Popular evening tours of Alcatraz are scary and goose bumpy fun. Evening visits include guided tours to the cellhouse, an audio tour, and a spectacular view of the San Francisco skyline. Check with the National Park Service for special events, including the popular candle-lit Halloween at Alcatraz. You are going to pay more for the night tours; $19.75 for adults, $17.00 for seniors, and $10.50 for children.
While you are waiting to board the boat, you will be asked to pose for pictures that you can buy when you return from Alcatraz. I found this hard sell to the poor tourists held in bull pens rather annoying and feared that the rest of the visit would be marred by more overt commercialization.
Thankfully, my cynical fears were unfounded as we got onboard the boat for a short ride to Alcatraz. One of the first signs you see upon approach is a warning for all unauthorized boats to stay off the island, or else risk getting shot. As we docked, I saw one of the buildings painted with the message, "Indians Welcome." It is disappointing that the Indian takeover of Alcatraz in 1969 is never mentioned again during the tour.
Once you start the tour with your audio guide, voices of ex-prison guards and prisoners recreate the sounds and stories of Alcatraz. Leading us on an evocative and moody tour of the cell blocks, the narrators recreate what it was like to live and work at Alcatraz along with stories of the more notorious characters, from Al Capone to Robert "The Birdman of Alcatraz" Stroud.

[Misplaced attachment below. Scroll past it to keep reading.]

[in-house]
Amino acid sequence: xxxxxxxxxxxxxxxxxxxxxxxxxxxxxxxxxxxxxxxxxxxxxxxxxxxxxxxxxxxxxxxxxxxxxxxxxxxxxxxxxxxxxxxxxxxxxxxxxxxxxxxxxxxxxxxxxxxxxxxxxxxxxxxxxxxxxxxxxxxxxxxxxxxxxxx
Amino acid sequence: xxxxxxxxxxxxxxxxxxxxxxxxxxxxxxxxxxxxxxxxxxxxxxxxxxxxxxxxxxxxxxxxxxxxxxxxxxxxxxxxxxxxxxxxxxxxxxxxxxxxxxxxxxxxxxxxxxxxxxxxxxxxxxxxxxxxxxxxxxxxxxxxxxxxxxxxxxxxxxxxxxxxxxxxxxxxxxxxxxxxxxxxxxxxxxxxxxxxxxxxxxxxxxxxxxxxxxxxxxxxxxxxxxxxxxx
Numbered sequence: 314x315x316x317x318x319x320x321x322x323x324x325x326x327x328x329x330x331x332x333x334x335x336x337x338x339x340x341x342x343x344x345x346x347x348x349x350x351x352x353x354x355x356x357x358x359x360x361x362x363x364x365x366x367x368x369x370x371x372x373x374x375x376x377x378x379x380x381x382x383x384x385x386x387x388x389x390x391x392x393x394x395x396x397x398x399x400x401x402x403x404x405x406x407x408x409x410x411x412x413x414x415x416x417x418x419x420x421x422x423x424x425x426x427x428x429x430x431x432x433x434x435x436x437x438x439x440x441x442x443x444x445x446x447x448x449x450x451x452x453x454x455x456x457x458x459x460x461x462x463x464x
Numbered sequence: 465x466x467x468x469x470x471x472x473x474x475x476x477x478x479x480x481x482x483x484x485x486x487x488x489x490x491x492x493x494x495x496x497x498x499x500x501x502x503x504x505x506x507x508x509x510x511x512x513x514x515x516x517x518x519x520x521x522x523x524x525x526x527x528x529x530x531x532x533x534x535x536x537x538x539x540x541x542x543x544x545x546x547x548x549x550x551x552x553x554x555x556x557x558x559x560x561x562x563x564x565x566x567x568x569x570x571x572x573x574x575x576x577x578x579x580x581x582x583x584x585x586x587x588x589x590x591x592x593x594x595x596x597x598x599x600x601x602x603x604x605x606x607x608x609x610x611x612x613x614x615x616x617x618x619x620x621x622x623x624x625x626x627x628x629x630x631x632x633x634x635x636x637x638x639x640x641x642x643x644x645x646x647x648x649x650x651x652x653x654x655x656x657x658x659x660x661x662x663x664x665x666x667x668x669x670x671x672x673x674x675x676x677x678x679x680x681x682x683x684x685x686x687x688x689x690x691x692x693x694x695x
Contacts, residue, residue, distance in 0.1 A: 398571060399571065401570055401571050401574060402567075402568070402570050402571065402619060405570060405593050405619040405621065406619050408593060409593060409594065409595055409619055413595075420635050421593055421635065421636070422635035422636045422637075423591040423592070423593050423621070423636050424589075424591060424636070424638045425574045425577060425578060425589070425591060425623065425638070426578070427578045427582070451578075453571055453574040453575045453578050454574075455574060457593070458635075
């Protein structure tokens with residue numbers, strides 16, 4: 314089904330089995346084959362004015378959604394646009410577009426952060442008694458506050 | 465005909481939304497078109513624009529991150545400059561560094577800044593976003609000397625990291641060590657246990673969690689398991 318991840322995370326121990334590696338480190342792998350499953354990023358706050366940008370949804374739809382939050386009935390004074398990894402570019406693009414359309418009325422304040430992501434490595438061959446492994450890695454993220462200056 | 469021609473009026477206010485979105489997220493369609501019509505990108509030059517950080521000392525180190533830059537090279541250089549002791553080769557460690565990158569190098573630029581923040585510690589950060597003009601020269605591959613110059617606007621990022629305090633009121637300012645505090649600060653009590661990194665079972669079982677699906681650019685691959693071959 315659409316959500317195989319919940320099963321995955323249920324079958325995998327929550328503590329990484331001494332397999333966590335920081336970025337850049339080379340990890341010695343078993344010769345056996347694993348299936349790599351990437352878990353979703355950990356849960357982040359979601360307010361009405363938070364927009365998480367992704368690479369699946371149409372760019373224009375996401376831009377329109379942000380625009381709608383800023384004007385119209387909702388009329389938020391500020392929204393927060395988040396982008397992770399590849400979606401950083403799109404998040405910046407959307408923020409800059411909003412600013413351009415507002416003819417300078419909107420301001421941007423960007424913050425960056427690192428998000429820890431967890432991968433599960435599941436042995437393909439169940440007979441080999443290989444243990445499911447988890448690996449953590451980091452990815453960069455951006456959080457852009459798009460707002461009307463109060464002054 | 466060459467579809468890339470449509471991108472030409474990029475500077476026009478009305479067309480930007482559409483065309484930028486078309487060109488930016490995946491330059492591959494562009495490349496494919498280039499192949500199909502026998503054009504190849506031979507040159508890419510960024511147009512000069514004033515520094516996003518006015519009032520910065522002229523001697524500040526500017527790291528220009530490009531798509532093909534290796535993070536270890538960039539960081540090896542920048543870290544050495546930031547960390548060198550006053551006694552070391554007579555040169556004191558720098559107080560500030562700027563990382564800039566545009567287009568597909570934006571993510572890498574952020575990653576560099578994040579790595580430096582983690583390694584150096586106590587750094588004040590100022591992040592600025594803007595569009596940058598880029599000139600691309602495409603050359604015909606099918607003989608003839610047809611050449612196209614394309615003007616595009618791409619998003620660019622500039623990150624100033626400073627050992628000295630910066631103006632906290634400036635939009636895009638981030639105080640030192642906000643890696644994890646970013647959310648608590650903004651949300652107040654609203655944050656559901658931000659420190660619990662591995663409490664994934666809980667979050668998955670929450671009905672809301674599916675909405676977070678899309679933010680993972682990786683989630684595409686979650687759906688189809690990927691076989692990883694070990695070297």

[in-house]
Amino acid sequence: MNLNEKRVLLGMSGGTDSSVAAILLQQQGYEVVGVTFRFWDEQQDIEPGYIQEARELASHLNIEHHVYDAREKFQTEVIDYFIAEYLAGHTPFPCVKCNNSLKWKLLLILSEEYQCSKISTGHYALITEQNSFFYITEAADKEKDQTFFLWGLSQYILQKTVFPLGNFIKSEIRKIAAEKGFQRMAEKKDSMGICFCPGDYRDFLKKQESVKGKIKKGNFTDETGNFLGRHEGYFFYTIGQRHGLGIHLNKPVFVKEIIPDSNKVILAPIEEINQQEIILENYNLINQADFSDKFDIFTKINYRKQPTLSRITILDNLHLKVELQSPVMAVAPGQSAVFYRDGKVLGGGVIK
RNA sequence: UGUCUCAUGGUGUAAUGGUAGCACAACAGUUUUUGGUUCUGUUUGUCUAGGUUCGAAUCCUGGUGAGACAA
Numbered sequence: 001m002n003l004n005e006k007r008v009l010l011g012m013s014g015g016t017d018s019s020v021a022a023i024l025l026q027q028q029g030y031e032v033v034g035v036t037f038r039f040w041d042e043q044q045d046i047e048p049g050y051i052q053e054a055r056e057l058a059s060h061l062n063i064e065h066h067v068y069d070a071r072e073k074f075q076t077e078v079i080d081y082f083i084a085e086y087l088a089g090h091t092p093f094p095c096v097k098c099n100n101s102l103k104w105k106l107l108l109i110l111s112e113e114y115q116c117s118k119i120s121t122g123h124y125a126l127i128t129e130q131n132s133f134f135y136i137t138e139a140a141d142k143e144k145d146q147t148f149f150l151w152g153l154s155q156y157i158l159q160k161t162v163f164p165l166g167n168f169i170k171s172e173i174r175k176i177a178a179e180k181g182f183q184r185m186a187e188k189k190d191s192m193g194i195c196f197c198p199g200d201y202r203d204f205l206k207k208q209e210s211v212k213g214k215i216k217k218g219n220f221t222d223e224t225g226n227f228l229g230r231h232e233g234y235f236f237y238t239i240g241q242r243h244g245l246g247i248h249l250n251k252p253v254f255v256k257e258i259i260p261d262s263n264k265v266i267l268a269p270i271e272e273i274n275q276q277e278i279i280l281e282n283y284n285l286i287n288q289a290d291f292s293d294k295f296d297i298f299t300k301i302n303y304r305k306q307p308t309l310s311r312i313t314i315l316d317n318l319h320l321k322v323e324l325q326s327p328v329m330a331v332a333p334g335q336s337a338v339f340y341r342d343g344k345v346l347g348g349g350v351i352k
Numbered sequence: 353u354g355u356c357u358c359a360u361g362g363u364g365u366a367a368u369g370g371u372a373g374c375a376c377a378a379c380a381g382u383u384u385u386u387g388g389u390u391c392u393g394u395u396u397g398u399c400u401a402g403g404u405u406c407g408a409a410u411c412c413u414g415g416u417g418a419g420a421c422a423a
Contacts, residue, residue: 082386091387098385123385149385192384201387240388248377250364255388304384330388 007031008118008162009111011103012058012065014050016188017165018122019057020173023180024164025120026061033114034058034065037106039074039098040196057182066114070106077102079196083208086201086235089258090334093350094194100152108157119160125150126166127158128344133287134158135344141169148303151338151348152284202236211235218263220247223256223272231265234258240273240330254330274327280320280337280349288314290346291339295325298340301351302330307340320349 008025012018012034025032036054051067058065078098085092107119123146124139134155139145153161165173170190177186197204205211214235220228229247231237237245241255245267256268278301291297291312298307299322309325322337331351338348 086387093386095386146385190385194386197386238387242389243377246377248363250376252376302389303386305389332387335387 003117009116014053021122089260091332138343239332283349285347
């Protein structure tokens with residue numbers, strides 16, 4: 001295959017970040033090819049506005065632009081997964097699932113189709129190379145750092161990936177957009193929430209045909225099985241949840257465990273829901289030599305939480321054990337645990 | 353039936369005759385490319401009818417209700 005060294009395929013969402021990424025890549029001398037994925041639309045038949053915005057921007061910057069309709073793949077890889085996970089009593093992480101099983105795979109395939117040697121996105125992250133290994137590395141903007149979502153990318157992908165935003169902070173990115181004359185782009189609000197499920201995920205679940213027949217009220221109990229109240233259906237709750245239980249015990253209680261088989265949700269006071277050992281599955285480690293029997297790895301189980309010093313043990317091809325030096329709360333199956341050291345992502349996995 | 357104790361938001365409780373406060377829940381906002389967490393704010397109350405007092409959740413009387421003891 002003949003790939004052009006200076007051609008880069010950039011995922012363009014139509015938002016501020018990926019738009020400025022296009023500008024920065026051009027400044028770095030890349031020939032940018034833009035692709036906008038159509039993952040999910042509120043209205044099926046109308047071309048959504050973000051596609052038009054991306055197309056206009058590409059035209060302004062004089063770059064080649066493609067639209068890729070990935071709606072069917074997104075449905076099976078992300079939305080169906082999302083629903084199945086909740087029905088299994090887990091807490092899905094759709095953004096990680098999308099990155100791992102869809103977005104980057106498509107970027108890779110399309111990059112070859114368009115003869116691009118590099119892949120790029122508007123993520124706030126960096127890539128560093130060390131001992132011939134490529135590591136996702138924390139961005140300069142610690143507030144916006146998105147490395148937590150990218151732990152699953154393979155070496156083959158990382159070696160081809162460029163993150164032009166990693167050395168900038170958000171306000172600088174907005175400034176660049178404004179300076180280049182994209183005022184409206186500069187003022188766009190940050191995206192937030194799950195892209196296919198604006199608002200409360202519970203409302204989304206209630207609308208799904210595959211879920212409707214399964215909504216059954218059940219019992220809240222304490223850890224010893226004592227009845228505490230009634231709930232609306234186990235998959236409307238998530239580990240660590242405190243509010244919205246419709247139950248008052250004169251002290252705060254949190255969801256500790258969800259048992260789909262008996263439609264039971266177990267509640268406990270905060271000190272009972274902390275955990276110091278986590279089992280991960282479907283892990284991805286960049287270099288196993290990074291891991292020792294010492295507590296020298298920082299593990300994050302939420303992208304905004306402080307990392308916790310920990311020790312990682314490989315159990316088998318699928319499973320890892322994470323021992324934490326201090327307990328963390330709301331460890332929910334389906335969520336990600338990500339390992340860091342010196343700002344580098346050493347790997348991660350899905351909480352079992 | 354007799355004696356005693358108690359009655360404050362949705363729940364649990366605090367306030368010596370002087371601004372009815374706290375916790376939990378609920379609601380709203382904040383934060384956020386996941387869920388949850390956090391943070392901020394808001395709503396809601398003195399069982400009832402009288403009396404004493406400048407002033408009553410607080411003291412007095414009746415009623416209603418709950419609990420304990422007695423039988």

One memorable room is the mess hall and adjoining kitchen, looking particularly dilapidated with its ancient two-toned paint job. Our narrators describe a usually quiet cafeteria where every knife and fork was counted after meals. Unfortunately, cutlery counting didn't stop the violence amongst kitchen workers; more prisoners killed each other in the kitchen than any other part of the prison. We are also informed that if a riot were to break out in the mess hall, the warden could flip a switch and fill the whole room with enough poisonous gas to kill everyone inside. Who wants more meatloaf!
Other stops along the tour are the library, barber shop, and prisoner visiting room. Another sight is the actual cell where, in 1962, Frank Lee Morris and the Anglin brothers left papier-mâché dummies of themselves in their beds to fool jailers long enough to escape. It remains a mystery whether the trio survived the escape, but rent the Clint Eastwood film version, Escape From Alcatraz, and decide for yourself.
Take your time meandering through the different cell blocks and the gardens surrounding the jail. Depending on the season of your visit, parts of the island are closed as gulls take over. The beauty of the Alcatraz tour is that you have all the time in the world to explore and discover the place, and no one will rush you through.
But you do have to catch the last boat off the island each day, they won't take responsibility for you when all the lights go out at Alcatraz.
View the Alcatraz Photo Gallery
For more information on the 1969 Indian occupation of Alcatraz, and its impact on Pro-American Indian activism in the US, go to:
Special exhibitions and events at Alcatraz are listed on the official National Parks Service Web site: